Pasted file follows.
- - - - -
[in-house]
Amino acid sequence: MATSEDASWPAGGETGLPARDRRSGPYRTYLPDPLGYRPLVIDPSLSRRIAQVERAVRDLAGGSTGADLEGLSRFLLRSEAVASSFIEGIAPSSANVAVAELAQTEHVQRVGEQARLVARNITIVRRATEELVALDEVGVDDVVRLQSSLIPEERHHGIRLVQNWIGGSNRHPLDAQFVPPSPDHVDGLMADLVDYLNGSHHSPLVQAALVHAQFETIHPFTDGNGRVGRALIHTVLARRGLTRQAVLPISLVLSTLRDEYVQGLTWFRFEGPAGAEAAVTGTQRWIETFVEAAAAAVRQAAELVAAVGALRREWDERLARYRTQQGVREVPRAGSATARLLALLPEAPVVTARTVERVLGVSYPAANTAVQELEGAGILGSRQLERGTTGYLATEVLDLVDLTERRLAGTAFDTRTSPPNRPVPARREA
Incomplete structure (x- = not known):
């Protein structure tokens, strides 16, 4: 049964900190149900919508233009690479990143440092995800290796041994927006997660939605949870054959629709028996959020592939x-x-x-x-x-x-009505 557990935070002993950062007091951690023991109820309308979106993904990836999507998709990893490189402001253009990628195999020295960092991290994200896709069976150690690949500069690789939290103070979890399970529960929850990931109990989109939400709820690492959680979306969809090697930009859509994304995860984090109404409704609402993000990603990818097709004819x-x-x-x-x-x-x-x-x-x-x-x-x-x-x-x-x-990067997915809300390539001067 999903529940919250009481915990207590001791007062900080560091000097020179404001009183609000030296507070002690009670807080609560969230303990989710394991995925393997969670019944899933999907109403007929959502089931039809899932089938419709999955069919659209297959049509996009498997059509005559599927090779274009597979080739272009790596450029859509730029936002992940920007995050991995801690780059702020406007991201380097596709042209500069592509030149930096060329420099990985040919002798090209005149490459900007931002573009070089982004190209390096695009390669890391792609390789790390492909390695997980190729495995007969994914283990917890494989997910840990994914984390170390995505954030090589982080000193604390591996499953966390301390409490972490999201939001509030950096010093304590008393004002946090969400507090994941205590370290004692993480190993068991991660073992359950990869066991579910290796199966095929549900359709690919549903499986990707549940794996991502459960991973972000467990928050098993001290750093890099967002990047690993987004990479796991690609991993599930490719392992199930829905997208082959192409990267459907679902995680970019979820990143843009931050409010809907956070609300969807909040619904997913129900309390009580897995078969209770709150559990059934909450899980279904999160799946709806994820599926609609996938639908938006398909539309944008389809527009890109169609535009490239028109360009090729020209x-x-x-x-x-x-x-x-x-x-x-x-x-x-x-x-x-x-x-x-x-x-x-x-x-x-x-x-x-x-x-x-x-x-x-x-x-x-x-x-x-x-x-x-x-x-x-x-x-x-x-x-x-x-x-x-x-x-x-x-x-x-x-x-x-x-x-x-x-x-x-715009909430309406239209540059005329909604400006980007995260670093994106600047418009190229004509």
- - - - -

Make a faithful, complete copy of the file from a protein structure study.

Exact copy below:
[in-house]
Amino acid sequence: MATSEDASWPAGGETGLPARDRRSGPYRTYLPDPLGYRPLVIDPSLSRRIAQVERAVRDLAGGSTGADLEGLSRFLLRSEAVASSFIEGIAPSSANVAVAELAQTEHVQRVGEQARLVARNITIVRRATEELVALDEVGVDDVVRLQSSLIPEERHHGIRLVQNWIGGSNRHPLDAQFVPPSPDHVDGLMADLVDYLNGSHHSPLVQAALVHAQFETIHPFTDGNGRVGRALIHTVLARRGLTRQAVLPISLVLSTLRDEYVQGLTWFRFEGPAGAEAAVTGTQRWIETFVEAAAAAVRQAAELVAAVGALRREWDERLARYRTQQGVREVPRAGSATARLLALLPEAPVVTARTVERVLGVSYPAANTAVQELEGAGILGSRQLERGTTGYLATEVLDLVDLTERRLAGTAFDTRTSPPNRPVPARREA
Incomplete structure (x- = not known):
């Protein structure tokens, strides 16, 4: 049964900190149900919508233009690479990143440092995800290796041994927006997660939605949870054959629709028996959020592939x-x-x-x-x-x-009505 557990935070002993950062007091951690023991109820309308979106993904990836999507998709990893490189402001253009990628195999020295960092991290994200896709069976150690690949500069690789939290103070979890399970529960929850990931109990989109939400709820690492959680979306969809090697930009859509994304995860984090109404409704609402993000990603990818097709004819x-x-x-x-x-x-x-x-x-x-x-x-x-x-x-x-x-990067997915809300390539001067 999903529940919250009481915990207590001791007062900080560091000097020179404001009183609000030296507070002690009670807080609560969230303990989710394991995925393997969670019944899933999907109403007929959502089931039809899932089938419709999955069919659209297959049509996009498997059509005559599927090779274009597979080739272009790596450029859509730029936002992940920007995050991995801690780059702020406007991201380097596709042209500069592509030149930096060329420099990985040919002798090209005149490459900007931002573009070089982004190209390096695009390669890391792609390789790390492909390695997980190729495995007969994914283990917890494989997910840990994914984390170390995505954030090589982080000193604390591996499953966390301390409490972490999201939001509030950096010093304590008393004002946090969400507090994941205590370290004692993480190993068991991660073992359950990869066991579910290796199966095929549900359709690919549903499986990707549940794996991502459960991973972000467990928050098993001290750093890099967002990047690993987004990479796991690609991993599930490719392992199930829905997208082959192409990267459907679902995680970019979820990143843009931050409010809907956070609300969807909040619904997913129900309390009580897995078969209770709150559990059934909450899980279904999160799946709806994820599926609609996938639908938006398909539309944008389809527009890109169609535009490239028109360009090729020209x-x-x-x-x-x-x-x-x-x-x-x-x-x-x-x-x-x-x-x-x-x-x-x-x-x-x-x-x-x-x-x-x-x-x-x-x-x-x-x-x-x-x-x-x-x-x-x-x-x-x-x-x-x-x-x-x-x-x-x-x-x-x-x-x-x-x-x-x-x-x-715009909430309406239209540059005329909604400006980007995260670093994106600047418009190229004509």